Technically Duron 850 is nothing particularly exciting. It is using the same core as previous Duron at 600-800 MHz, it runs at the same 1.6 V and it has the same processor bus clock of 100 MHz or 200 MHz DDR. There is nothing wrong with that, because Duron has been an excellent performer since its release in June 2000 and at 850 MHz it will continue to easily beat any competitor in the low-cost segment and even some in higher segments as well. Intel's Celeron has never been a match for Duron in the past, and Intel's desperate but late switch to the 100 MHz Celeron processor bus doesn't make any difference whatsoever.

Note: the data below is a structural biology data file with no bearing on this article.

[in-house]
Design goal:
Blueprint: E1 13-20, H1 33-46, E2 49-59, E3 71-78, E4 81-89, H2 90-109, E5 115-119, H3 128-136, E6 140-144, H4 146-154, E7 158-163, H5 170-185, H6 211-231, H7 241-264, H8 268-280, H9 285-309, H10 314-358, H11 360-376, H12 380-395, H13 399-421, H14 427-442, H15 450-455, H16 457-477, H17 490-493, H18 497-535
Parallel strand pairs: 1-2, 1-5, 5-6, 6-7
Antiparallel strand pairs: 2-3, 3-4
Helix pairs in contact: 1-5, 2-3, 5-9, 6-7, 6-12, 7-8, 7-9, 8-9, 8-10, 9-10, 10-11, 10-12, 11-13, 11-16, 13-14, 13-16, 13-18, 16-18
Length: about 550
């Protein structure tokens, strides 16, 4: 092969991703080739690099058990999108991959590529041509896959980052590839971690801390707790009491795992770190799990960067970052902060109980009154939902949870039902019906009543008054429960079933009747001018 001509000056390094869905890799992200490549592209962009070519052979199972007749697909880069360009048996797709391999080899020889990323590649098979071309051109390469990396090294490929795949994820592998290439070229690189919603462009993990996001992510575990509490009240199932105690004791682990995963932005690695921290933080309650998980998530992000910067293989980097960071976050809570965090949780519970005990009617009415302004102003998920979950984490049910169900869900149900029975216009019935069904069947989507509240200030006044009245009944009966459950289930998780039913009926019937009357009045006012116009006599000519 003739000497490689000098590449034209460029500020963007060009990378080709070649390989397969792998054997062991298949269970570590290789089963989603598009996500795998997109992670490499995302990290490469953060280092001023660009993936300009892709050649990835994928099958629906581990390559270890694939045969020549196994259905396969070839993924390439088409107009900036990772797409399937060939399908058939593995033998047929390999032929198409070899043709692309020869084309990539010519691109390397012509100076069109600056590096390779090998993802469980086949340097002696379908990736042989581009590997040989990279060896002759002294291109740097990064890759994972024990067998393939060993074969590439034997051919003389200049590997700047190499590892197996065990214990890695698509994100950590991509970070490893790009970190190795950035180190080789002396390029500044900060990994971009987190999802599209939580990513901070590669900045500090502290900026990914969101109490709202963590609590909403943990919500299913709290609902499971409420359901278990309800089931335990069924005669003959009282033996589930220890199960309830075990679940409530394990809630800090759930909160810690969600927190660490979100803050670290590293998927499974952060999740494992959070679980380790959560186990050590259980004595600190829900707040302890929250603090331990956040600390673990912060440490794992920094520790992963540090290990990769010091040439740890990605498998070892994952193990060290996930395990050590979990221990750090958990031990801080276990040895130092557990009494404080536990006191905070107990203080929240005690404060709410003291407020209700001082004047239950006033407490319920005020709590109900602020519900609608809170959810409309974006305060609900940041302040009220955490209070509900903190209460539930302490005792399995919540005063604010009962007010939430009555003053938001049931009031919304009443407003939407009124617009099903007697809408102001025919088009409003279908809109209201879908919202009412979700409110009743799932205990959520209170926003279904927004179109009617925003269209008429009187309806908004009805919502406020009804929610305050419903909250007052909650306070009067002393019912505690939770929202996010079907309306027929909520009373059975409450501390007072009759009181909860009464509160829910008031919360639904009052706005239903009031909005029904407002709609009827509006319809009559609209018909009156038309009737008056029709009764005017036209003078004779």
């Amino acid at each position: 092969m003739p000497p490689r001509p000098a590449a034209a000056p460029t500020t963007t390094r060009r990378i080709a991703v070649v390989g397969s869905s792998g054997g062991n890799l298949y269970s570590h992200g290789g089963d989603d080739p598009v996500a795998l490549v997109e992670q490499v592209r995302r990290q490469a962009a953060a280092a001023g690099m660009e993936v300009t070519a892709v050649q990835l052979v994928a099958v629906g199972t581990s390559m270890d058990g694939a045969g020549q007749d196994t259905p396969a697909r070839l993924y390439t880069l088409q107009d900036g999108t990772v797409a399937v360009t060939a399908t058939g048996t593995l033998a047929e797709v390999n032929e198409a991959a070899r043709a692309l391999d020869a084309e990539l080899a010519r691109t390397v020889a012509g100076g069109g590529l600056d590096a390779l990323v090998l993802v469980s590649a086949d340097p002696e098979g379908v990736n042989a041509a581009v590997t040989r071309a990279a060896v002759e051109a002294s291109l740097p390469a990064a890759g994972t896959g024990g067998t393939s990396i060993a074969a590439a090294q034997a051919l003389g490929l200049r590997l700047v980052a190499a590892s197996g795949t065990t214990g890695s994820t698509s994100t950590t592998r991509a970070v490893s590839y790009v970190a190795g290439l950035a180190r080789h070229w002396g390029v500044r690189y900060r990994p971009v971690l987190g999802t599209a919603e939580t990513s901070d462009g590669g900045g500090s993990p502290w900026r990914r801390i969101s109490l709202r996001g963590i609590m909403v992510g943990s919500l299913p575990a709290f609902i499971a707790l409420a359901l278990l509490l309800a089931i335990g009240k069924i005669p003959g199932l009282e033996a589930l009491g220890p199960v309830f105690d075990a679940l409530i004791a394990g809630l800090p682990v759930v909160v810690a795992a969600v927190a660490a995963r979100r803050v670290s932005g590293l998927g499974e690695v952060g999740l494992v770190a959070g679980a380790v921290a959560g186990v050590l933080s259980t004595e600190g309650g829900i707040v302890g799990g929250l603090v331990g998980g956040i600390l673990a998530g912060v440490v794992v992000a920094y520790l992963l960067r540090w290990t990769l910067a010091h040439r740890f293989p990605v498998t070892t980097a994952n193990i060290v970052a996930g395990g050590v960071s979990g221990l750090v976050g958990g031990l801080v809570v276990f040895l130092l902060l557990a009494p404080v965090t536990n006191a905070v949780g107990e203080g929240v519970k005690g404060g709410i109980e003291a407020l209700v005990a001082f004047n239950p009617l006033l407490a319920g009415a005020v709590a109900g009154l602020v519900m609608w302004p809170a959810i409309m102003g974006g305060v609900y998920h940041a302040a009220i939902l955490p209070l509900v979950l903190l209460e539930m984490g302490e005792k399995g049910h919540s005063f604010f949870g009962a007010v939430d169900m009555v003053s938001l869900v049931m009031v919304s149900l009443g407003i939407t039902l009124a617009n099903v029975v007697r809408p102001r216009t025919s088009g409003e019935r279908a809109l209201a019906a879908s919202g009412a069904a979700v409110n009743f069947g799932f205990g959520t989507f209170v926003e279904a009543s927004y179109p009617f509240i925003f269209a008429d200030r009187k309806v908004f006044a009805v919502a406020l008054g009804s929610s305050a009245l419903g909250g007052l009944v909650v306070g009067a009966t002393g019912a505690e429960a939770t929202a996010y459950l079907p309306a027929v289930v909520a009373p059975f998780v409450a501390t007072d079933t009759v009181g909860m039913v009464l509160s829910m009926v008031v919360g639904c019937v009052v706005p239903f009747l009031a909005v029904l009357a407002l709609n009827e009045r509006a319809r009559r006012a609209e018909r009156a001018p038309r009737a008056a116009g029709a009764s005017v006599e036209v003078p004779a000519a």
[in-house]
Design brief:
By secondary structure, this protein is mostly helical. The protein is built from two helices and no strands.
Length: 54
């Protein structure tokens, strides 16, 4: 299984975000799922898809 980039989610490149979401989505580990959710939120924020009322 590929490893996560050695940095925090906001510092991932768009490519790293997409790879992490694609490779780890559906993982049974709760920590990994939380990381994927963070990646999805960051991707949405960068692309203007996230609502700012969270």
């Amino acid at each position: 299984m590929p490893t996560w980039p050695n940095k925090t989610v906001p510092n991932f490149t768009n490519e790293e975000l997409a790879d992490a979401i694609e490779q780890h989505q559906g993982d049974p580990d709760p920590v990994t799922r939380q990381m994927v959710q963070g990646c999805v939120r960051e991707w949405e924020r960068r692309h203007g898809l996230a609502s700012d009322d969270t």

Duron 850 is also sharing the bad sides with its predecessors. It produces a lot more heat than Intel's Celeron or Pentium III processors and it is also lacking a thermal protection. The latter can easily lead to a sudden heat-death of Duron, in case the heat sink was not mounted properly or the heat sink's fan should cease to work. Besides that Duron used to suffer from the fact that it was requiring the same SocketA-platforms as Athlon, which happened to be targeted to the high-end segment, making them rather expensive. Now there's finally two low-cost chipsets with integrated 3D-graphics available for Duron as well, VIA's Apollo KM133 and SiS's 730 chipsets. These two new platforms will ensure the production of extremely inexpensive Duron systems.